April 25, 2006

Edwardian Llama


- A Snapshot of your life as it might have been in 1905

You are a Schoolmaster!


You'll go to the local school in the village and then to Durham. You'll be the first person in your family to go to university.

Career Prospects

Through a mixture of hard work and intelligence you'll do well in your work as a schoolmaster. You'll receive a pension but will not live to enjoy it as you'll be killed in the First World War.

Leisure Time

You'll enjoy inviting neighbours in for tea but you'll have your main meal - meat and vegetables - in the evening. You'll go to church regularly and will be on the parochial Church Council, as well as being an active supporter of the local Conservative club. You'll go to theatre and musical concerts in the local market town when there is something worth seeing and will always buy the best seats.

Living Conditions

You'll live in a village and employ three domestic servants who live with you - a cook, a maid and a scullery maid. You believe that your wife has better things to do than household chores.

Marital Relations

You'll marry your wife when you're 25 - she is a friend of your family and goes to the local church.

World War One

At the outbreak of World War One you'll feel it?s your duty to join the army as a non-commissioned officer and will rise to the rank of company sergeant major. You'll be killed in the trenches at Ypres in 1917.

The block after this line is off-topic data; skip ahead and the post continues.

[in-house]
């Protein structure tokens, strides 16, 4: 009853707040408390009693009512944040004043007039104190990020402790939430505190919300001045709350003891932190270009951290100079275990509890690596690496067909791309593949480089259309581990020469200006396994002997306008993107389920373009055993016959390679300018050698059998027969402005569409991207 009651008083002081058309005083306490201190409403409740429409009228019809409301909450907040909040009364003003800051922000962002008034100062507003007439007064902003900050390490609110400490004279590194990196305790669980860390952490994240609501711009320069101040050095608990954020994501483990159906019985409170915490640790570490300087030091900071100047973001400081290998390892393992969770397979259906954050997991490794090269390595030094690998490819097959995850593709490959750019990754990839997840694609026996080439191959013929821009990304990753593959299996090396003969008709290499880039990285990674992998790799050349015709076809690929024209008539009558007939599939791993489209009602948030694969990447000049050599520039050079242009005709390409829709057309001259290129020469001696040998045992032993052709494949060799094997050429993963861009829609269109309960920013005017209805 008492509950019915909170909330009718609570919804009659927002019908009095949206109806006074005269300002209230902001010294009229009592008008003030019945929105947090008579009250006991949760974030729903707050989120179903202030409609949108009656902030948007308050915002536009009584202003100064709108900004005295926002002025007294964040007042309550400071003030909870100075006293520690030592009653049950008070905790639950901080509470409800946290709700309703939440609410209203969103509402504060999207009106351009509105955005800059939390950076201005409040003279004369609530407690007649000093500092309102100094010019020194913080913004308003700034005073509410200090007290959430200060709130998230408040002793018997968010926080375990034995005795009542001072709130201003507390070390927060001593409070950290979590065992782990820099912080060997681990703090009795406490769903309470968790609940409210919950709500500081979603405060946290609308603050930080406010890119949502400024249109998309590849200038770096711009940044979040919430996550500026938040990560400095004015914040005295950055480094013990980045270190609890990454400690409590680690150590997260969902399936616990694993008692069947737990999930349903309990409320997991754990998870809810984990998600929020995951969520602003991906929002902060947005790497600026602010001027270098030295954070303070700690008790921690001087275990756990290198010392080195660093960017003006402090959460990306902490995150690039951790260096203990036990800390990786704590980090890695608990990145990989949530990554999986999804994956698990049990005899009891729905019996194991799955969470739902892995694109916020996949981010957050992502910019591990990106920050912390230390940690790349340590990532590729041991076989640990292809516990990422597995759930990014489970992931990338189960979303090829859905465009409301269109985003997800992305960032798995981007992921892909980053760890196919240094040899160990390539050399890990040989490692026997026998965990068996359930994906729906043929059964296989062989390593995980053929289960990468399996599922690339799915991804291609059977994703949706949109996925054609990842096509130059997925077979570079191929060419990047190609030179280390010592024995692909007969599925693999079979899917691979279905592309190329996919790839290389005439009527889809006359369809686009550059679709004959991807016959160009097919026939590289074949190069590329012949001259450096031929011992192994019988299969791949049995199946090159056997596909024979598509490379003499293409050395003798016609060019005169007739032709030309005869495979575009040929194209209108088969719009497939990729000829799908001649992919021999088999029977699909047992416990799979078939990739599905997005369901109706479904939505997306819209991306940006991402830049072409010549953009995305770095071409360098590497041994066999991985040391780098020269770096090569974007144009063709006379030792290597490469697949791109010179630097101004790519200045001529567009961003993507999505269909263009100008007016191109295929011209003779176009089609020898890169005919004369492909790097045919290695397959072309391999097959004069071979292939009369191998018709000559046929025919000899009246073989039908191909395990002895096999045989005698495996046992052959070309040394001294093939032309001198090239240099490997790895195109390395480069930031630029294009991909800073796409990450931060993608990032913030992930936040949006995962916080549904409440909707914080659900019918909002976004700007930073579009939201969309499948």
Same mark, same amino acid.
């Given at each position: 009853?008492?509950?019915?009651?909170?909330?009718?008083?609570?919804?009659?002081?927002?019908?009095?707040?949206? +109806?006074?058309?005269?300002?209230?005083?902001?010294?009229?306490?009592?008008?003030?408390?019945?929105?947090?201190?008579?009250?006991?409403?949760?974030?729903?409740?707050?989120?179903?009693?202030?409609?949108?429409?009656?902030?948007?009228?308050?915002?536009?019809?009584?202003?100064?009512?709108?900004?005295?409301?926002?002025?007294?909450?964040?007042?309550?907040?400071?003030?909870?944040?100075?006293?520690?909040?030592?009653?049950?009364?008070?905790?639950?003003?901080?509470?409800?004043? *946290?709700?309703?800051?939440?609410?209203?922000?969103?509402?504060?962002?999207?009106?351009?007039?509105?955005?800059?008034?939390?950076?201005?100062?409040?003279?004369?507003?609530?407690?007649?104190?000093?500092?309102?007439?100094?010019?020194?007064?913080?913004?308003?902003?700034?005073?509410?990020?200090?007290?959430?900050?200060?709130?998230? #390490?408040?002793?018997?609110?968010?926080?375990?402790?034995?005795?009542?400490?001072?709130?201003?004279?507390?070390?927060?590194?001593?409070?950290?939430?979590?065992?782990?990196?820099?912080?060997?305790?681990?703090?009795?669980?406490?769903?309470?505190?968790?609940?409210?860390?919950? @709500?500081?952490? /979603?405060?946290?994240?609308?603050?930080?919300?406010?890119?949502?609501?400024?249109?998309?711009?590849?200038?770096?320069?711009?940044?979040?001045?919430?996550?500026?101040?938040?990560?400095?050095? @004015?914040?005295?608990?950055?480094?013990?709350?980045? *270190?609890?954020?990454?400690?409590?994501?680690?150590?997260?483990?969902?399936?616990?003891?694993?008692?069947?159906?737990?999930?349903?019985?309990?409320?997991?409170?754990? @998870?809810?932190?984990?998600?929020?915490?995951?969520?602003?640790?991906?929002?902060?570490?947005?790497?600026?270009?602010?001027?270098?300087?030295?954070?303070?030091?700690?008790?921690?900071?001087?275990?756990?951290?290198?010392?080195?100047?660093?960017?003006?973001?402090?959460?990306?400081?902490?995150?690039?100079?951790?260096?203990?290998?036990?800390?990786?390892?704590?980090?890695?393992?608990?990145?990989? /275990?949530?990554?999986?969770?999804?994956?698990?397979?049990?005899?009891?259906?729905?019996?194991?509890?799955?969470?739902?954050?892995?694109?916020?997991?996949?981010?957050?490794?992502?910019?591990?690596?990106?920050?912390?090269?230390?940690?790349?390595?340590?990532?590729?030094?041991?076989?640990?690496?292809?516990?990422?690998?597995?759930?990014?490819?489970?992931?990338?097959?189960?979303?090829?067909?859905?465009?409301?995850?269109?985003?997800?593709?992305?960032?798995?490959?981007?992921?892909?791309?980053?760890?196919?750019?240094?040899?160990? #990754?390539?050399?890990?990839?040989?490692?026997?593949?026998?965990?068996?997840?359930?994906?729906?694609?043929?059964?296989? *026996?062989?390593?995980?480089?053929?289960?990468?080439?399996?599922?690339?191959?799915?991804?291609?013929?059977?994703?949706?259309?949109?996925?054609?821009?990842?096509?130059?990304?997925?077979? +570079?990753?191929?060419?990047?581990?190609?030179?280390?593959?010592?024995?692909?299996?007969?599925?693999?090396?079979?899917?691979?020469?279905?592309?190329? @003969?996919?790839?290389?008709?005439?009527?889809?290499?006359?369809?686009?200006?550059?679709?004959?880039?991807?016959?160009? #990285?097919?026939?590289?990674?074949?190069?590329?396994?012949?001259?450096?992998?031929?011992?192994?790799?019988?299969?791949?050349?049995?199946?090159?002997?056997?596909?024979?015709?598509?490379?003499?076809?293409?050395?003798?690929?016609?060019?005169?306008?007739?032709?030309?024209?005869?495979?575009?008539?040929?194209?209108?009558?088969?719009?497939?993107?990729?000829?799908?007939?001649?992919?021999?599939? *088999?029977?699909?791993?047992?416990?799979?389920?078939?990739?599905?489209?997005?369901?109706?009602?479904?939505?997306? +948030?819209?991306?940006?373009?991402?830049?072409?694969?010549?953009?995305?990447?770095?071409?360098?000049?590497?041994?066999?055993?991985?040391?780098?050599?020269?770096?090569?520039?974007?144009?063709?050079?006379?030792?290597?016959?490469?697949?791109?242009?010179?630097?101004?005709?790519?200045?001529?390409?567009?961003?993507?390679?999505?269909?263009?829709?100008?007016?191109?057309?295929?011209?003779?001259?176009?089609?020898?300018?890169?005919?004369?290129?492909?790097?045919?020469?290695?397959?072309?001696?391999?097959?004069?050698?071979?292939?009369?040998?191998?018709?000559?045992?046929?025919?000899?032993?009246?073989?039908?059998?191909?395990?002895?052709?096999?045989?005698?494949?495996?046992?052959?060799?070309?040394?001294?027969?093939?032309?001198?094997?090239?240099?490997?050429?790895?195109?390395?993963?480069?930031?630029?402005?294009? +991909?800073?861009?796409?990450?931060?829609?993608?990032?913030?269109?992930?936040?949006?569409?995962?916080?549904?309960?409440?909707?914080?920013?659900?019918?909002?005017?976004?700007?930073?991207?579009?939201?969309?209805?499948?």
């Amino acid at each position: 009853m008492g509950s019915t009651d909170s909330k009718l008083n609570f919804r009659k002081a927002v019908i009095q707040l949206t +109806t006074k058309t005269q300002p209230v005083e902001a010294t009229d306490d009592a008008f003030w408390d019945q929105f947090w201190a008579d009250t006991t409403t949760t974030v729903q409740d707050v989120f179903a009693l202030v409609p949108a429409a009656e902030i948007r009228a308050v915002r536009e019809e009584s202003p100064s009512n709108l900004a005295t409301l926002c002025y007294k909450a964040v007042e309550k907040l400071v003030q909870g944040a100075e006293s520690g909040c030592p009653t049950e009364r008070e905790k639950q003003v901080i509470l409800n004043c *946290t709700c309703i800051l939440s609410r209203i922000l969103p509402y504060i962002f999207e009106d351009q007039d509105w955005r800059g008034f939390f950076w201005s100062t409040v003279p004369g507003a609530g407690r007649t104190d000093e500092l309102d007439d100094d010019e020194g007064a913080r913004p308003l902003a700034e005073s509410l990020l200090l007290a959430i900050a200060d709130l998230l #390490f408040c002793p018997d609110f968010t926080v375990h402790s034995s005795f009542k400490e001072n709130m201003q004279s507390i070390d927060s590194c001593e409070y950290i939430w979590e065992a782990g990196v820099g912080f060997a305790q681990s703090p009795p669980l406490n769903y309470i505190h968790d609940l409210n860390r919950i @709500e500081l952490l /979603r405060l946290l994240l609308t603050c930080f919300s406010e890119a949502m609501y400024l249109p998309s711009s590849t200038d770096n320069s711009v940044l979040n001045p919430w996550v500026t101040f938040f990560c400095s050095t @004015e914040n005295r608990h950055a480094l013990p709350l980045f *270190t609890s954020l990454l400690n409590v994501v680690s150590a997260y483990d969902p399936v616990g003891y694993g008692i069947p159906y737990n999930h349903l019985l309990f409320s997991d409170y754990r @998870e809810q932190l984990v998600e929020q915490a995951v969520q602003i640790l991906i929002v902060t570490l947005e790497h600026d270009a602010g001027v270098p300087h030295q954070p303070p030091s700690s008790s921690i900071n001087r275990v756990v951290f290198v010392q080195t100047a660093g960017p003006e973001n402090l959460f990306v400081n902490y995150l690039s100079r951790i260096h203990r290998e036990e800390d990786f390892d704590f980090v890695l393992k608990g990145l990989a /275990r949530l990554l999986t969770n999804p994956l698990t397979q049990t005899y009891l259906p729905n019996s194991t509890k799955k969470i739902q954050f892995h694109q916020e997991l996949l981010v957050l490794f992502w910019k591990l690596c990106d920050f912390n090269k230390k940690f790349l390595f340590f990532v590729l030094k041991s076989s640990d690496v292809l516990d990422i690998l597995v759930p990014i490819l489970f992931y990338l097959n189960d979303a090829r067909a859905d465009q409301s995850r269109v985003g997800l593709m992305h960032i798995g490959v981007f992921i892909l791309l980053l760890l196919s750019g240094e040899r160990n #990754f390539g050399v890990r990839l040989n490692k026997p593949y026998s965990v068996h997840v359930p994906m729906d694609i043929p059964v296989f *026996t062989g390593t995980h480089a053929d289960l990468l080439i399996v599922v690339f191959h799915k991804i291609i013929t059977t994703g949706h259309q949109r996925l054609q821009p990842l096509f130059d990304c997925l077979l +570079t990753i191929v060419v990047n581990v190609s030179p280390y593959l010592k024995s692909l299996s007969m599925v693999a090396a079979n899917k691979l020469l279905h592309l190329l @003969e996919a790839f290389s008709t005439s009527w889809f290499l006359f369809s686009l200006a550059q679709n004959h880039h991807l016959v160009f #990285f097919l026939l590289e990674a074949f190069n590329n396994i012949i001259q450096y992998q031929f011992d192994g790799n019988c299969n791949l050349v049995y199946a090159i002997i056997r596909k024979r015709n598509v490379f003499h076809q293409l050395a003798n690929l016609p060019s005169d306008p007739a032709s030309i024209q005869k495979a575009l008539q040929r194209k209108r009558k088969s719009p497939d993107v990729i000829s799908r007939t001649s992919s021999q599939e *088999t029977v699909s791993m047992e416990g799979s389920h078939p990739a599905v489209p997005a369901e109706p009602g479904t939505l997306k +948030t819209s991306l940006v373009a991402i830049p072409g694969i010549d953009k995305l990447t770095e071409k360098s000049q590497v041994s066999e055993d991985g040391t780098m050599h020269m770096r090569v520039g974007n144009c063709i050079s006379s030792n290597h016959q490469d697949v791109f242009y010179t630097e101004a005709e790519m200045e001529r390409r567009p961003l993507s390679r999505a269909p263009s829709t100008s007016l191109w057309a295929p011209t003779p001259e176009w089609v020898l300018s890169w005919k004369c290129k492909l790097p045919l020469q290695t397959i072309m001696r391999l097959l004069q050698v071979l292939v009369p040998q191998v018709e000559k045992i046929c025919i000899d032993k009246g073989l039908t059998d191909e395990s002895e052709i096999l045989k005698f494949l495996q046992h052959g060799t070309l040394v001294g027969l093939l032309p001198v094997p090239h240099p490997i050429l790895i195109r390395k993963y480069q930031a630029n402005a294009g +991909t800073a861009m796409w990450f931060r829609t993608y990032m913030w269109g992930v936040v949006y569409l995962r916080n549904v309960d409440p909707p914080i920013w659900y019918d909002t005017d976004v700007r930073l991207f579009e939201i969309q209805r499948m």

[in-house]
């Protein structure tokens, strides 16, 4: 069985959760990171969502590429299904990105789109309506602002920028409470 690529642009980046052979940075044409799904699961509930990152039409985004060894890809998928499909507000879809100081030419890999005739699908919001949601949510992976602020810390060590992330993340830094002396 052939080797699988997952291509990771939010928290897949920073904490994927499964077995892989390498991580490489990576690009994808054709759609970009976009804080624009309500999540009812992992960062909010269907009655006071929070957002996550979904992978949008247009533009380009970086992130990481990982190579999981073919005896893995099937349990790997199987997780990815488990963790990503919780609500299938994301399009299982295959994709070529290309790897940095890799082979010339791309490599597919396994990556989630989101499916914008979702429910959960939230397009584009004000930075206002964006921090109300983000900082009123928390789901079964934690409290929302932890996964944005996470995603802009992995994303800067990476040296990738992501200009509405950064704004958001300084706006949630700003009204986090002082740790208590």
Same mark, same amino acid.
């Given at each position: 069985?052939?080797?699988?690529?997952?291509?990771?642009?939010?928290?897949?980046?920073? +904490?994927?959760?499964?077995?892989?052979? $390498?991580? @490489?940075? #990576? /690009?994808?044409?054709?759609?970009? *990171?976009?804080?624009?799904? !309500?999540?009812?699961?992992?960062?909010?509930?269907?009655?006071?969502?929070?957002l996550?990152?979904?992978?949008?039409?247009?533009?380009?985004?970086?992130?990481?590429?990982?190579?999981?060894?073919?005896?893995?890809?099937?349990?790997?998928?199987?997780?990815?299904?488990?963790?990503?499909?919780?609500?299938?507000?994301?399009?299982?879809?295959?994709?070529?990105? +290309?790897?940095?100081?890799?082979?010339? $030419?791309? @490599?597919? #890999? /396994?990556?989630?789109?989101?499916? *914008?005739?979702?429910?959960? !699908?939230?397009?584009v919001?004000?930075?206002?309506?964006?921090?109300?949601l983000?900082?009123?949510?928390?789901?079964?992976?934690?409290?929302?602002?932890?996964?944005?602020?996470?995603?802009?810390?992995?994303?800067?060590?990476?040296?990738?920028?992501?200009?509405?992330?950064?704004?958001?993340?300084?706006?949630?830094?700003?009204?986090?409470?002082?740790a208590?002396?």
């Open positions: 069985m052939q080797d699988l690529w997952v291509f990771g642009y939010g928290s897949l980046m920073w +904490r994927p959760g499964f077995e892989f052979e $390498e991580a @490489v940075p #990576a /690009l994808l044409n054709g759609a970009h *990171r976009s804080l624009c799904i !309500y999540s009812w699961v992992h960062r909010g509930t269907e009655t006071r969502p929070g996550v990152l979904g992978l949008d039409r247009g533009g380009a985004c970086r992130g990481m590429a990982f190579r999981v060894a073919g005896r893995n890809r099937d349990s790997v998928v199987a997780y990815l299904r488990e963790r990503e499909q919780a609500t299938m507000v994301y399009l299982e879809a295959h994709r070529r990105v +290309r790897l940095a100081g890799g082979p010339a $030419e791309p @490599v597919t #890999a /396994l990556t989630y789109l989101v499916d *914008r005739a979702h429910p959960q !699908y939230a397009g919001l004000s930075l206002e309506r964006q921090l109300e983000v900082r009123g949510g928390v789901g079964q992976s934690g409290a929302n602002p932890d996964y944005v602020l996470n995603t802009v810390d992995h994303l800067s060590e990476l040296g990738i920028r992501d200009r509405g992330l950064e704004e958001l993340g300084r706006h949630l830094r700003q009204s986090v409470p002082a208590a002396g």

Well at least I hope I take out a few Fritzes first. Where's my entrenching tool?**

Yips! to Squire Basil.

(** Serious bonus points if you get the allusion. UPDATE: Answer below the fold.)

"There is a photograph in existence of Aunt Sadie and her six children sitting round the tea-table at Alconleigh. The table is situated, as it was, is now, and ever shall be, in the hall, in front of a huge open fire of logs. Over the chimney-piece plainly visible in the photograph, hangs an entrenching tool, with which, in 1915, Uncle Matthew had whacked to death eight Germans one by one as they crawled out of a dug-out. It is still covered with blood and hairs, an object of fascination to us as children."

- Nancy Mitford, The Pursuit of Love, Chapter 1.

Uncle Matthew is quite a character, apparently modeled closely on Mitford's own pater. Here's a leetle more:

[Cousin] Linda and I were very much preoccupied with sin, and our great hero was Oscar Wilde.

"But what did he do?"

"I asked Fa once and he roared at me--goodness, it was terrifying. He said: 'If you mention that sewer's name again in this house I'll thrash you, do you hear, damn you?' So I asked Sadie and she looked awfully vague and said: 'Oh, duck, I never really quite knew, but whatever it was was worse than murder, fearfully bad. And, darling, don't talk about him at meals, will you?'"

Posted by Robert at April 25, 2006 11:26 AM | TrackBack

-I'll live alone and have a private income. I am unimpressed with the quality of my servants' work.

Well, I got the living alone part right. Where's my private income, dammit? And my servants?

Posted by: dillene at April 25, 2006 11:46 AM

Also a schoolmaster, and also wiped out at Wipers.